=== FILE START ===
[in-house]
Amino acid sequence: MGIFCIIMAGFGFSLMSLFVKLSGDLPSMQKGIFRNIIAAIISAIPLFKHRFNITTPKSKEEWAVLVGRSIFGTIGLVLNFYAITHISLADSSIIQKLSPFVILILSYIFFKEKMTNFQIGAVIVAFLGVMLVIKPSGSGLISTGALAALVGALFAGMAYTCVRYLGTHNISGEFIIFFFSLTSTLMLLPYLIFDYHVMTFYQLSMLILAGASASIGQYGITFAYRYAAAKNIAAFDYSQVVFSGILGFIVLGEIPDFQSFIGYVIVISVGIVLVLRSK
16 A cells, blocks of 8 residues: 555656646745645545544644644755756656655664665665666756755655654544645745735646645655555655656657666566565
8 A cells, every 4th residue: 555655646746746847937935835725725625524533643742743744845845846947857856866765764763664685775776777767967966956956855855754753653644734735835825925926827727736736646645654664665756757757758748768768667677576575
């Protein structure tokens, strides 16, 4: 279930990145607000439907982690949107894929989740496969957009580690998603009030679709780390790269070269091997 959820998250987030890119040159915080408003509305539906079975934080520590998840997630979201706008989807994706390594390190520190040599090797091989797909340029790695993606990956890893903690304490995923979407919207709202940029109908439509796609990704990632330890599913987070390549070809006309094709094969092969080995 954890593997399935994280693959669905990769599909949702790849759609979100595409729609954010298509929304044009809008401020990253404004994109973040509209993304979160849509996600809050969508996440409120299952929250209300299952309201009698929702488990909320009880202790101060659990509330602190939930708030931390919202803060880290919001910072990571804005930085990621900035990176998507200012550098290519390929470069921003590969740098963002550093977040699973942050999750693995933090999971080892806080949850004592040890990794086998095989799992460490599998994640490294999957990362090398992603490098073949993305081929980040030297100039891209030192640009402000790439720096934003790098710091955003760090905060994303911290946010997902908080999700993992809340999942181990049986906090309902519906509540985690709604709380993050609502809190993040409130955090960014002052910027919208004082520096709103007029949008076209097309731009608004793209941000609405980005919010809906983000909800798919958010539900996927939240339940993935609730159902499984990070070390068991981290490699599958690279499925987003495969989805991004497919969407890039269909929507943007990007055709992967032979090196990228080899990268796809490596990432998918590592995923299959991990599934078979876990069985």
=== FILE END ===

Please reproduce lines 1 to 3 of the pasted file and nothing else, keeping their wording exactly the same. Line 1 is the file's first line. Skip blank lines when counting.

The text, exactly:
[in-house]
Amino acid sequence: MGIFCIIMAGFGFSLMSLFVKLSGDLPSMQKGIFRNIIAAIISAIPLFKHRFNITTPKSKEEWAVLVGRSIFGTIGLVLNFYAITHISLADSSIIQKLSPFVILILSYIFFKEKMTNFQIGAVIVAFLGVMLVIKPSGSGLISTGALAALVGALFAGMAYTCVRYLGTHNISGEFIIFFFSLTSTLMLLPYLIFDYHVMTFYQLSMLILAGASASIGQYGITFAYRYAAAKNIAAFDYSQVVFSGILGFIVLGEIPDFQSFIGYVIVISVGIVLVLRSK
16 A cells, blocks of 8 residues: 555656646745645545544644644755756656655664665665666756755655654544645745735646645655555655656657666566565